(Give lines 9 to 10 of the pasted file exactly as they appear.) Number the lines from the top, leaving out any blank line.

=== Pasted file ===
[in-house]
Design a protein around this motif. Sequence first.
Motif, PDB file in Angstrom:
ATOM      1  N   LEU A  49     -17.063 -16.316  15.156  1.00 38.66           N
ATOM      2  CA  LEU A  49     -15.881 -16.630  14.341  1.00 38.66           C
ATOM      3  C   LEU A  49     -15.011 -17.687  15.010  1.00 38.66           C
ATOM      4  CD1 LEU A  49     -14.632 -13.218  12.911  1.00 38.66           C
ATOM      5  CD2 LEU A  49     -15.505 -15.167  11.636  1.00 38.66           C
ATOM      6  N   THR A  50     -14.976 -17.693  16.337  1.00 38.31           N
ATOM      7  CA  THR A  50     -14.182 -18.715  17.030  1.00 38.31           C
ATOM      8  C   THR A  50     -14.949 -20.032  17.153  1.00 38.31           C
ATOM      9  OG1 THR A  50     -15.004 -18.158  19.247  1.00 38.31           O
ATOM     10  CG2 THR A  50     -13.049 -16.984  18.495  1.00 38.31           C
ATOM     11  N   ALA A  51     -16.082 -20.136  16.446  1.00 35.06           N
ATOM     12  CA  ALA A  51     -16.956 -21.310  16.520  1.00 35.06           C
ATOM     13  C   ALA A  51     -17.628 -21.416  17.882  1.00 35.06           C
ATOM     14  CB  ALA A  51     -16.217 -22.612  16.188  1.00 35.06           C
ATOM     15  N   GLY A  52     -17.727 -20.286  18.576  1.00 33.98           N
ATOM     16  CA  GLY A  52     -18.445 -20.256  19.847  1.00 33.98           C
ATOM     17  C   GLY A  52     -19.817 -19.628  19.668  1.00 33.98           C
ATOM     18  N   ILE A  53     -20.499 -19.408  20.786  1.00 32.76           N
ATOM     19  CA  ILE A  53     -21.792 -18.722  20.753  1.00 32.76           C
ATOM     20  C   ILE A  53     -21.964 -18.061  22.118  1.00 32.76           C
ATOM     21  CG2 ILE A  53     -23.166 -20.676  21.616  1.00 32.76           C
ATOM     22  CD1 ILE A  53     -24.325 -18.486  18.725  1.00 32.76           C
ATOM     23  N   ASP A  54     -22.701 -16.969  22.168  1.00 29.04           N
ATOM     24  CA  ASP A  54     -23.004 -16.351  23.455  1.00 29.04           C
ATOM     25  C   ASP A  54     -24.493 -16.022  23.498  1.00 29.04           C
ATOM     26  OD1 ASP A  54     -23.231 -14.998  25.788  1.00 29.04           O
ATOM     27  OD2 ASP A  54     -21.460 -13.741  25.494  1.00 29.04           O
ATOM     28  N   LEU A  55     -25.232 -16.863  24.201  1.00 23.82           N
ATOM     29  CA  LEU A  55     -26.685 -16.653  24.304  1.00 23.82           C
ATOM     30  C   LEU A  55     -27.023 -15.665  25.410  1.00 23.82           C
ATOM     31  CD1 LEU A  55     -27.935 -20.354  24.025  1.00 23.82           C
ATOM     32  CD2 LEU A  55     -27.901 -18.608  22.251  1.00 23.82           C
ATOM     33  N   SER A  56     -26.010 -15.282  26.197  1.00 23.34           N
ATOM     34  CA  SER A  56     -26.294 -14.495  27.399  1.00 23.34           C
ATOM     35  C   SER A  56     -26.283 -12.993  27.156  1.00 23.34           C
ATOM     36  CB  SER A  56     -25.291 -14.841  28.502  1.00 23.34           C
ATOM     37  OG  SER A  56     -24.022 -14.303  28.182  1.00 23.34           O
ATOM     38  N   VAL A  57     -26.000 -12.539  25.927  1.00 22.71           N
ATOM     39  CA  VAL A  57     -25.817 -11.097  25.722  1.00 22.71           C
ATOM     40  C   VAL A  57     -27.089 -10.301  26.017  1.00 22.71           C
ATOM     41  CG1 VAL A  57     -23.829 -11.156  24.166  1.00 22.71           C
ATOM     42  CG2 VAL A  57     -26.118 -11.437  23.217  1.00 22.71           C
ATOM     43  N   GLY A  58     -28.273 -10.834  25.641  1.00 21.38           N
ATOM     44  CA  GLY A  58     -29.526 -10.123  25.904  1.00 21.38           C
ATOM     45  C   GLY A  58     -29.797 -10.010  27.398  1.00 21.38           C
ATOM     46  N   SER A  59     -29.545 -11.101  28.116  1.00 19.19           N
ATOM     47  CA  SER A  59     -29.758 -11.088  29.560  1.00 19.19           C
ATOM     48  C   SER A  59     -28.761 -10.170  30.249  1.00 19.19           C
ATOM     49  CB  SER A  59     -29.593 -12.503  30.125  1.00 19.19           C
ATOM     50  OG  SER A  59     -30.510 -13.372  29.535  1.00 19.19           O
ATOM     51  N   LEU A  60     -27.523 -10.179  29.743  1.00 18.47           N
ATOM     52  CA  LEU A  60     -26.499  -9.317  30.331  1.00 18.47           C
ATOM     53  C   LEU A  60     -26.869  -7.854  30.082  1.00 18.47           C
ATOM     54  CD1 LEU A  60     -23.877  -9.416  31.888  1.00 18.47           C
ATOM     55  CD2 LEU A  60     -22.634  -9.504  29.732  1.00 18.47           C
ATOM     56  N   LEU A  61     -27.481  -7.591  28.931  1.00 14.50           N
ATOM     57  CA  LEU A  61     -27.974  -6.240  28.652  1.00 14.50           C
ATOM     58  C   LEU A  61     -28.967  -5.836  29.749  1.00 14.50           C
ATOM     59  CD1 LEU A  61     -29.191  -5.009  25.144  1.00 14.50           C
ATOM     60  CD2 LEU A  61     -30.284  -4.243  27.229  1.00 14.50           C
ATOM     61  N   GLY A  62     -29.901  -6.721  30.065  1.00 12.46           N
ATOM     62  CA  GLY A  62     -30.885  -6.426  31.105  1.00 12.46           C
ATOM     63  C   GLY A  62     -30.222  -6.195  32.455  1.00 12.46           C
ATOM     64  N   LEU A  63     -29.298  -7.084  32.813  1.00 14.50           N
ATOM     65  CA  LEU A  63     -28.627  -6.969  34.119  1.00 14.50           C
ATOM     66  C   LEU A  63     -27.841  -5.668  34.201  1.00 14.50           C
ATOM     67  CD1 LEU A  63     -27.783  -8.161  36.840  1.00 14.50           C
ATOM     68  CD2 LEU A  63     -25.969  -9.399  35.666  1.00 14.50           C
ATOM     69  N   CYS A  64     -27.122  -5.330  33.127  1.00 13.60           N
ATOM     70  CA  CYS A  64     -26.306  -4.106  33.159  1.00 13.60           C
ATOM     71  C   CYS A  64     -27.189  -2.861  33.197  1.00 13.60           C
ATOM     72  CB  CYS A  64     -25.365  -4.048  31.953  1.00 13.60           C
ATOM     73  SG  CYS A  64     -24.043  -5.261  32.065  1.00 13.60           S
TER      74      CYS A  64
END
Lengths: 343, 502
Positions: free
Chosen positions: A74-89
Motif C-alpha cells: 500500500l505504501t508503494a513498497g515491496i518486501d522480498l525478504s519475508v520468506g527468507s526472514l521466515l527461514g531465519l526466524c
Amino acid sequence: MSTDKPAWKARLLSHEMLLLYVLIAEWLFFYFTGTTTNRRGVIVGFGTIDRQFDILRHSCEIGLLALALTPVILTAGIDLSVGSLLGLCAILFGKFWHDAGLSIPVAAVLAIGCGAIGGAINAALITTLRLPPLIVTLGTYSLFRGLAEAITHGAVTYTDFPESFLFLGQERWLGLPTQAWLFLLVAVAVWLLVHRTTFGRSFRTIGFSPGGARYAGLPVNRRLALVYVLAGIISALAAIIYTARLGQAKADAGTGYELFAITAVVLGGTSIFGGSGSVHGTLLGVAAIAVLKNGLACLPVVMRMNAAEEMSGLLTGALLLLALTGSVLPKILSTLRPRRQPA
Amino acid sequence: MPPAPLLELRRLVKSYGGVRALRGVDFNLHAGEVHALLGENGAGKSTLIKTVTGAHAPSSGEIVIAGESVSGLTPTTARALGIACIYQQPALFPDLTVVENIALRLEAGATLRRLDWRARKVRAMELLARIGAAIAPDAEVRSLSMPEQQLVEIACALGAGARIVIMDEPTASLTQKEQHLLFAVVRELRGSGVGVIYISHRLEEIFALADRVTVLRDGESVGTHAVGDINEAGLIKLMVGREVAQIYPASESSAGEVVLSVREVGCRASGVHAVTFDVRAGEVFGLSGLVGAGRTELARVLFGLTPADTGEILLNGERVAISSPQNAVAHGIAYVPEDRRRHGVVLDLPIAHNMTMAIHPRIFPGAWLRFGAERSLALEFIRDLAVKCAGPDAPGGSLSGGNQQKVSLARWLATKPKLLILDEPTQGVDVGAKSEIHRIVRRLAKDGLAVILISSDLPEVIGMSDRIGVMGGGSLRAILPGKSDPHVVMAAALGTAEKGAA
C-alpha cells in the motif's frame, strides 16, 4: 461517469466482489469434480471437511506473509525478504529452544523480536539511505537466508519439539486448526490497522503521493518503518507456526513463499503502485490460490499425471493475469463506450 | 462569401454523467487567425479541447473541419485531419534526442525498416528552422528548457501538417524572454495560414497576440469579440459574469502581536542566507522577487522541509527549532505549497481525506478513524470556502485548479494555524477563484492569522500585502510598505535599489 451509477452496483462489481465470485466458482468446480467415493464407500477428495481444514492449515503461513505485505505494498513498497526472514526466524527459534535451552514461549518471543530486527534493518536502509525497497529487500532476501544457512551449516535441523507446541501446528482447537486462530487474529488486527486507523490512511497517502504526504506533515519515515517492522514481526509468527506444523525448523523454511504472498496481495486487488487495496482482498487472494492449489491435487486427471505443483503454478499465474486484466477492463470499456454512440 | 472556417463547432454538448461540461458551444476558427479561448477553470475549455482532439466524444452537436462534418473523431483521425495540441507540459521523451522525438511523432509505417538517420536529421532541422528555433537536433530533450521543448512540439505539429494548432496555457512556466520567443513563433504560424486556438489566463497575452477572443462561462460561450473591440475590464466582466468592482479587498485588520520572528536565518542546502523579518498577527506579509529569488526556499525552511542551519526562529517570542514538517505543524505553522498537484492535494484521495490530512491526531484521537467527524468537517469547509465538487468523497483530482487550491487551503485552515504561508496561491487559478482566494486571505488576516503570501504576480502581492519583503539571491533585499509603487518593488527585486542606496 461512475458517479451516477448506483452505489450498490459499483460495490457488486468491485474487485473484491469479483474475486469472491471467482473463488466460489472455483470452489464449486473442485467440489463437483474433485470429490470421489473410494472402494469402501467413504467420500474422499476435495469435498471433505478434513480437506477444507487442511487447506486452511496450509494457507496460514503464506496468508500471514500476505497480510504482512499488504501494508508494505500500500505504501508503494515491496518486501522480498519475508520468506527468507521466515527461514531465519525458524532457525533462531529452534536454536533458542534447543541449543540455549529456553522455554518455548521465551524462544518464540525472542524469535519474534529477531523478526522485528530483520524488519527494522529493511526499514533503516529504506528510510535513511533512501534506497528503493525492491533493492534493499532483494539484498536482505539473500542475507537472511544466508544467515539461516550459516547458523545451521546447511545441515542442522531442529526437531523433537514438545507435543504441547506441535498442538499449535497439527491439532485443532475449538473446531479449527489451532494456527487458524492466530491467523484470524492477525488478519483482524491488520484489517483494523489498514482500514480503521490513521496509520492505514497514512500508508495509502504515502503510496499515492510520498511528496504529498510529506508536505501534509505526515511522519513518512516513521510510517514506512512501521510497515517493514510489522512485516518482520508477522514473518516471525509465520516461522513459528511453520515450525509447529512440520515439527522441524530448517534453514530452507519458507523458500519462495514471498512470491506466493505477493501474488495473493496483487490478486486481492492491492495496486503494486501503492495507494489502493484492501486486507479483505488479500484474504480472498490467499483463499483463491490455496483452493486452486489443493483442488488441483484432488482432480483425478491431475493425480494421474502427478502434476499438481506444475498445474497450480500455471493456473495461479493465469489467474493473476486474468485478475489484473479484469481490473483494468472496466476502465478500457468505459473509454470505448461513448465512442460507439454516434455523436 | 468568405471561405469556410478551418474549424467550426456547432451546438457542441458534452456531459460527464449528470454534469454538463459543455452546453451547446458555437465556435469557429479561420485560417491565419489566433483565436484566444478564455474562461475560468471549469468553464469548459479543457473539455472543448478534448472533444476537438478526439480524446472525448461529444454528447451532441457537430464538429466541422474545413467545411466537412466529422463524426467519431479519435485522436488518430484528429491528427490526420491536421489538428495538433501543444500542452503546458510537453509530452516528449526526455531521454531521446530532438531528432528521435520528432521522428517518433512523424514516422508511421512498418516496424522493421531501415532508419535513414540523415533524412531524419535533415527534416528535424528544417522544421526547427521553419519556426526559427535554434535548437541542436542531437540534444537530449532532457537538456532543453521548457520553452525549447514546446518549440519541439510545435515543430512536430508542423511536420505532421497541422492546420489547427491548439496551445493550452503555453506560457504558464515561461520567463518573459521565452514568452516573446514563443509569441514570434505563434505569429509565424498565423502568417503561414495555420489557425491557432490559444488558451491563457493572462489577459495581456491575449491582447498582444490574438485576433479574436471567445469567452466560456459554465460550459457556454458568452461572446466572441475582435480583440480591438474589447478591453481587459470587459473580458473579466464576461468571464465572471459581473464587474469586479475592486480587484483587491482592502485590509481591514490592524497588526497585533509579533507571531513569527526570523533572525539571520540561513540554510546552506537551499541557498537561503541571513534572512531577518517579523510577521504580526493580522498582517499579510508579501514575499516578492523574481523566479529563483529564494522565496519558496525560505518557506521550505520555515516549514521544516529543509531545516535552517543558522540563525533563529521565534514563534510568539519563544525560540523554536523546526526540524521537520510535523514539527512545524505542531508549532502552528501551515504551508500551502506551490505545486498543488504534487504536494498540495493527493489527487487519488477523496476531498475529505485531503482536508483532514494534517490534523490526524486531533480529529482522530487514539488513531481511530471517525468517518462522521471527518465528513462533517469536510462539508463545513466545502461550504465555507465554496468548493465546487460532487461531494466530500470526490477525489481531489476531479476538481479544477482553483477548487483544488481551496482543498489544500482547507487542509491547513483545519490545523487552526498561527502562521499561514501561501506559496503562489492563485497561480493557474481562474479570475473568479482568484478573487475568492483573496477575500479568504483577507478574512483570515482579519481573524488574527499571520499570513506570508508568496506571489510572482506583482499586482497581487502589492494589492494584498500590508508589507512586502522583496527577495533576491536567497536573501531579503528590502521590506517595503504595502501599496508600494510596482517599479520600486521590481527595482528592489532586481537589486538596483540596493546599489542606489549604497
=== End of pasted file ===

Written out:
ATOM      6  N   THR A  50     -14.976 -17.693  16.337  1.00 38.31           N
ATOM      7  CA  THR A  50     -14.182 -18.715  17.030  1.00 38.31           C